Just last week we shipped off a very complex and highly demanding project to the synchrotron in Melbourne. Currently they are building, in layman's terms, a new sensor for their particle accelerator. One of the main features of this new upgrade is that the sensor has to be able to move incredibly accurately.
In fact so accurately that for us, dealing in microns every day, we cannot fathom how precise this device will be. Our machines in the workshop regularly work in the micron and sub micron range. This is hard to visualise, but you can try by taking a sheet of paper, dividing the thickness of it 100 times, and you will be left with something 1 micron thick. Now, ANSTO's new device will be positioning around 300 times more accurately than that divided piece of paper. 3 Nanometers. Some more perspective. Dust that you find around the house is usually in the order of 10-20 Microns, a red blood cell is around 8 microns in diameter, the wavelength of red light is around 0.7 microns (700 nanometers), the diameter of a SARS-CoV-2 virus is around 100 nanometers (coronavirus!) and ANSTO's new device is still operating at accuracies smaller than that scale, at 3 nanometers... Just amazing.

Where NH Micro fits in, is in the manufacture of the motion and metrology components of this new device. Last year we built the motion platform that actually moves in these absolutely tiny increments (Photos will be coming of this, but they are still under an embargo), and just last week we manufactured the "ruler" that measures how far this motion stage has moved. In more detail, we really manufactured the holder, that holds 3 separate rulers to measure the devices displacement. The design of this "ruler holder" was completed by a team of incredibly talented engineers at ANSTO, and we were given the task to manufacture and assemble each component.
The challenge? Everything metallic was to be made from a very special material called invar. Invar is an Iron-nickel alloy that has an incredibly small coefficient of thermal expansion. In fact, it's used widely when you really don't want things to grow or move when they heat up and cool down. At ANSTO, they are keeping their environment incredibly well controlled, but even still, fractions of a kelvin can drastically alter the performance of your measurement. The tricky part about invar is that it is quite difficult to machine. It's sort of like machining bubble-gum mixed with sand. It wears out tools, and machining geometry to tight tolerances is not trivial. Not to mention, it's egregiously expensive! Mistakes are costly!

Between our Kern Micro HD 5 axis milling machine, our Makino u32j wire EDM, as well as countless hand tools and measuring tools, we were able to manufacture this one-off "ruler holder". This frame holds 3 laser interferometers, which bounce light off a surface and measure the change in displacement of the object that they are pointing at. The whole project took over 1 month in the workshop, and around 4 months overall, between waiting for material, tools and the like.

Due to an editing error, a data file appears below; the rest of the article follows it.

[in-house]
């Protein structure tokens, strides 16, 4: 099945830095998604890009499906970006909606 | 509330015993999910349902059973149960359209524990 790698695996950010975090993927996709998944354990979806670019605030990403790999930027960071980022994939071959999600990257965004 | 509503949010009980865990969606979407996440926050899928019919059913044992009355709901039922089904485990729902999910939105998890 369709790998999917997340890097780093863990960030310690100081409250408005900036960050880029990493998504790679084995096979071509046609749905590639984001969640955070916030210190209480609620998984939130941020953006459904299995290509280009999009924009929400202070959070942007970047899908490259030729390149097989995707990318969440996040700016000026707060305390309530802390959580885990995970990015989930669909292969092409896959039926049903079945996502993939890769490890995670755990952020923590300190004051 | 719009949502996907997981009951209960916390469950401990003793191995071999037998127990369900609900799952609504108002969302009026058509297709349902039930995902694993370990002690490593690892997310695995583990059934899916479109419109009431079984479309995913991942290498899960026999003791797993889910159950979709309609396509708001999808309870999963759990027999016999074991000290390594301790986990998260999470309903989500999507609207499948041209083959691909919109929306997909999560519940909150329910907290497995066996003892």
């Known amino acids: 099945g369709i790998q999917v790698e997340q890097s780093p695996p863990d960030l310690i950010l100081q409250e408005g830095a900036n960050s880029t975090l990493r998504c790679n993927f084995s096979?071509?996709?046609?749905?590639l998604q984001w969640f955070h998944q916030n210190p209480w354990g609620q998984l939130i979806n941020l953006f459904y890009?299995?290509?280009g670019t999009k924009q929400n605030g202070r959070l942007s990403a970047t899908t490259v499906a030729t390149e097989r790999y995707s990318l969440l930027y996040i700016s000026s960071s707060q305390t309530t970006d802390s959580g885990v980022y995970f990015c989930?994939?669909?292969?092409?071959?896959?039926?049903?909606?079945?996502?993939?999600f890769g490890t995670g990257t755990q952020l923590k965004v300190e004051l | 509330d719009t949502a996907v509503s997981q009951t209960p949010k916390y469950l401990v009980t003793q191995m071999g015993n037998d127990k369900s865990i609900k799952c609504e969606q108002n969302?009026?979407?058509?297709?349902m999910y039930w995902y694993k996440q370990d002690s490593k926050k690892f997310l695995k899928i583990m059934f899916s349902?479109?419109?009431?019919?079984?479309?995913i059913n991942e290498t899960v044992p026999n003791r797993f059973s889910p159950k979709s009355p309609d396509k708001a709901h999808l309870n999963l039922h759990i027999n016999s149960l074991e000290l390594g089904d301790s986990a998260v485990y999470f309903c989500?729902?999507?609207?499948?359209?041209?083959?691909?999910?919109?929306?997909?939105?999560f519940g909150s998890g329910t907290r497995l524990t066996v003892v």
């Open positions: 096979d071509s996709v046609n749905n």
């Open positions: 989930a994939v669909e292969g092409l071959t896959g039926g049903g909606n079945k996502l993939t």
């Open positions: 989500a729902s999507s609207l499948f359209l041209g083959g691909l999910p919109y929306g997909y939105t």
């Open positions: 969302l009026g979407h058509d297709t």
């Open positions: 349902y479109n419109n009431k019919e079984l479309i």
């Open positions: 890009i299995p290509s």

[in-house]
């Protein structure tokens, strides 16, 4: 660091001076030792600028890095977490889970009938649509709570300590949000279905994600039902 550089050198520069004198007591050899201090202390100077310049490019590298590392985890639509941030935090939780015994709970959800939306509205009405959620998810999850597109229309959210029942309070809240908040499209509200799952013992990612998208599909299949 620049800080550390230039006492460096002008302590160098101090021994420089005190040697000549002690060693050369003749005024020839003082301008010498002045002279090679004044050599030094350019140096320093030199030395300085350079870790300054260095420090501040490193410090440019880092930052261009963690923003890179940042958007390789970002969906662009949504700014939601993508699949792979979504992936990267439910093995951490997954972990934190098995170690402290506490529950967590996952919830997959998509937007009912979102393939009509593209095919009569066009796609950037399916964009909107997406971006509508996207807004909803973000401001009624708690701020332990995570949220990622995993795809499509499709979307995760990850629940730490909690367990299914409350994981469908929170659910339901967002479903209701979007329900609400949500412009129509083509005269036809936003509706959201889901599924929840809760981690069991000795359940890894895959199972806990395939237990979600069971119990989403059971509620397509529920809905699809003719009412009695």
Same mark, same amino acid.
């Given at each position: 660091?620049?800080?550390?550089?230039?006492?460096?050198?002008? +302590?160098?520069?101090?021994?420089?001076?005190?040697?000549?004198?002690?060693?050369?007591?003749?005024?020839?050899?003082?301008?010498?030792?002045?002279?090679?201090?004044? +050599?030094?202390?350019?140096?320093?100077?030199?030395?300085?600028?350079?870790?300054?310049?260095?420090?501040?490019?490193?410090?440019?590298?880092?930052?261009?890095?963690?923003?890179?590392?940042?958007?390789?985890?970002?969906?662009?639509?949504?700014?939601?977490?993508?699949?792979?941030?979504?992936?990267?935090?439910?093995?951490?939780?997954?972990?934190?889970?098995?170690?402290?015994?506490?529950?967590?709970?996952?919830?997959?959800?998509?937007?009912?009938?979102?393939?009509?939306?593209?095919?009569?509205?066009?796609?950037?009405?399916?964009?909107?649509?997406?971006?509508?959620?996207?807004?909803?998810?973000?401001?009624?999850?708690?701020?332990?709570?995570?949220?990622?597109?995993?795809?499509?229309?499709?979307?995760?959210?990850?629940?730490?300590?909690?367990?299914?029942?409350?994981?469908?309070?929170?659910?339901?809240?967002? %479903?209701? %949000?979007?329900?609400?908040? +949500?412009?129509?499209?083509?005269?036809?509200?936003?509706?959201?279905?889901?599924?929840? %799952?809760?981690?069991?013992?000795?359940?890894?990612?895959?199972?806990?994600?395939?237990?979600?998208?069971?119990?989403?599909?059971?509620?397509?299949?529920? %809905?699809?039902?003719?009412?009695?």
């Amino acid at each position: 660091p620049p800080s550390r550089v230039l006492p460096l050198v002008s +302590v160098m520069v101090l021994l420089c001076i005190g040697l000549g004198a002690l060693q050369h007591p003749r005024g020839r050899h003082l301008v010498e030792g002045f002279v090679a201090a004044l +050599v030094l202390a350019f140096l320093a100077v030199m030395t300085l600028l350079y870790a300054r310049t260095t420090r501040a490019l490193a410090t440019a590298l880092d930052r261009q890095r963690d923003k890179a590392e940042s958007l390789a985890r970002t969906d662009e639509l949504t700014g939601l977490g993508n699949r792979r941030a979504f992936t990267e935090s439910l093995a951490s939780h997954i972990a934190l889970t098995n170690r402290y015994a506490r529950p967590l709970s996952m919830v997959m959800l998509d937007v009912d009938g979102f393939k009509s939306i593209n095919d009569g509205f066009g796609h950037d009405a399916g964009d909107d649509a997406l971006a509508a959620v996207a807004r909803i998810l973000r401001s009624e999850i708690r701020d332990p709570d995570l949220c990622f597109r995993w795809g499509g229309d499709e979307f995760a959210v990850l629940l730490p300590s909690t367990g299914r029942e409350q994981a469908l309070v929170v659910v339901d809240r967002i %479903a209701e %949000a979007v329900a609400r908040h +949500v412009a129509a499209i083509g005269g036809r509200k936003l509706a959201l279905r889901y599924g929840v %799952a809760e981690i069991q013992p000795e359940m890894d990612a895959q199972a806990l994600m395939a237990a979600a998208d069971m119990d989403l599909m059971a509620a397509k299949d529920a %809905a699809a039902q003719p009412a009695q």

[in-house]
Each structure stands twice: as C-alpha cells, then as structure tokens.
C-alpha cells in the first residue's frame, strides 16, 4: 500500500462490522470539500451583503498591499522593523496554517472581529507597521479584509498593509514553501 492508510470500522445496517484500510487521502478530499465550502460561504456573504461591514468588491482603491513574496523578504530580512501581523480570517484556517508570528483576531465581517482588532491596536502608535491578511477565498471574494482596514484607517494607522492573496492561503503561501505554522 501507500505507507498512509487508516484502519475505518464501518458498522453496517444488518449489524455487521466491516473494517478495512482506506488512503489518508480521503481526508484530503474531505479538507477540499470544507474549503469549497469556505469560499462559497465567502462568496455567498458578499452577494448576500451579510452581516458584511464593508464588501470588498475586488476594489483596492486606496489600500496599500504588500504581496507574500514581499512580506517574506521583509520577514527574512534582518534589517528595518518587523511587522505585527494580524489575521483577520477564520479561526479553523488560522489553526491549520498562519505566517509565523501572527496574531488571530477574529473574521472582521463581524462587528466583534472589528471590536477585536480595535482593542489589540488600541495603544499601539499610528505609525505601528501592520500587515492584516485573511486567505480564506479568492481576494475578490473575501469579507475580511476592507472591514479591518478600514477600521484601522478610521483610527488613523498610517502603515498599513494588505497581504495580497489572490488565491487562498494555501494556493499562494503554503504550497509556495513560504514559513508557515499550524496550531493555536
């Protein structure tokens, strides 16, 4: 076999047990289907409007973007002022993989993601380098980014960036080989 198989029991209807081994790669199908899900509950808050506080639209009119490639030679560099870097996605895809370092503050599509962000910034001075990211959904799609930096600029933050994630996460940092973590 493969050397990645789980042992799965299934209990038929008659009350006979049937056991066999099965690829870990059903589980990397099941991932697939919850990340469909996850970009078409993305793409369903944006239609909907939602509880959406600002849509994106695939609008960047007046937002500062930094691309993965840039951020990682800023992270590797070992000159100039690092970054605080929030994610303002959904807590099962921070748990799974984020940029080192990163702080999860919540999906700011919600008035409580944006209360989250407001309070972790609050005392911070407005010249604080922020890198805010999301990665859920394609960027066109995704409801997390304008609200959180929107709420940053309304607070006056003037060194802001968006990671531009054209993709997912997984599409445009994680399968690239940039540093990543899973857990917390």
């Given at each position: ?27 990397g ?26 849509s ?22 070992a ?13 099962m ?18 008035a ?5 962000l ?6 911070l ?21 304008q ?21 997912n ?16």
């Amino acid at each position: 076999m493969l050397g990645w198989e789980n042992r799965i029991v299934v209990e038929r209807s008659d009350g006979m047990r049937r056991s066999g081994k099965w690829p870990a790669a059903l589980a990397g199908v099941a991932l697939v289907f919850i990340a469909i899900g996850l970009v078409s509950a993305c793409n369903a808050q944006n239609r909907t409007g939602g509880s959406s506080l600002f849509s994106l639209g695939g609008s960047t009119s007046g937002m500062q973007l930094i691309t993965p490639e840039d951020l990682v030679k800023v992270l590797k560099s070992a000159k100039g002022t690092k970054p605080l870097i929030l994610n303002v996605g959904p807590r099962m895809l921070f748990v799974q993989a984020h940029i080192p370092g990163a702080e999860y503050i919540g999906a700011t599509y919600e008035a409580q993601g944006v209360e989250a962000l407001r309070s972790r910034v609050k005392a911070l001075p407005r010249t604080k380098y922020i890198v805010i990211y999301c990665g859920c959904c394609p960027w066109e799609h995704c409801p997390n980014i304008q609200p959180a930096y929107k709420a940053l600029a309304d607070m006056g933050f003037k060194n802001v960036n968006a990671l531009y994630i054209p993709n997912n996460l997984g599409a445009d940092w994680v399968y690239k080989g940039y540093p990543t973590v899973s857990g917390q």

What's vital in projects like these is that we are able to handle the entire scope of work, "soup to nuts". Many workshops globally are able to mill Invar, or wire cut it, or put together components, or measure them accurately, but very few places have the key competency to do all of the above - especially in Australia. In fact, without our watchmaking knowledge, heritage, and expertise, even if we had all the machines, we would not be able to complete a project like this one. Manufacturing these ultra-complex assemblies is an engineering miracle in itself.

It's been a long road to get to this point, many failures, lots of learning and teaching opportunities, but in the end, we are happy to be able to offer our services to the Australian government, people and industry. Long live Manufactured in Australia!


Would you pay $500 for a slice of wagyu?


If you have three and a half hours to kill, here is a suggestion. A Deutche Welle documentary titled "Twenty Japanese businesses making the most expensive products."
A match made in heaven: Deutche Welle's masterful cinematography and objectivity showcasing the Japanese pursuit for perfection. And no, the documentary has very little to do with money or price; and everything to do with craftsmanship, patience and time.

The Japanese say that it takes 3 years to learn how put a piece of eel meat on a skewer. And a lifetime to learn how to grill it to perfection. A bar of ink takes four years to cure. Made exactly the same way as it has been for the past 400 years, by the same maker. The same level of attention to detail and pride goes into a hand made iron kettle to boil water for ceremonial tea, hand made master chef's knives, and katanas.

Our NH55 Timascus project - a watch where we make the entire case, dial, hands, and 80% of the internal components in our own workshop, started as an attempt to showcase our ability to make watches, in Australia, specifically for the Louis Vuitton competition.  A year and a half later, the series of 16 watches is just about to be completed. Those who follow us on Instagram have an opportunity to see first hand how complex and exciting this project is. Yet as we shape Timascus, Timascus is shaping us. We are learning not just about how to make a parts more precise and more beautiful, but also about us; ultimately, about our contribution to the world of bespoke horology. This is both painful and exciting at the same time; the same feeling of a marathon runner batting the last few kilometres of the race.

There is nothing to worry about - the feedback is great and support overwhelming. Yet with the every new watch assembled, we are wondering what the NH55 owner is going to look like? A watch enthusiast who already has two dozen Swiss top end watches looking for something unique and different; a local supporter who may find the watch so tempting that he will be ready to sacrifice two or three other watches just to get his hands on it; or perhaps, an overseas buyer who only invests in Independent makers. Or - just someone who will simply fall in love with the beauty of Timascus and say - I'll have it. The truth is: we really don't know who our 'typical' buyer is, nor if such a category of buyer even exists.

A number of visitors to our shop who saw the first few NH55 assembled asked "Are you happy?" The answer is - yes. I am personally, as well as the rest of the team. We are happy because the watch does represent what we wanted and intended it to: it represents us. It represents our ability to shape the Timascus to our absolute best ability, at this point in time.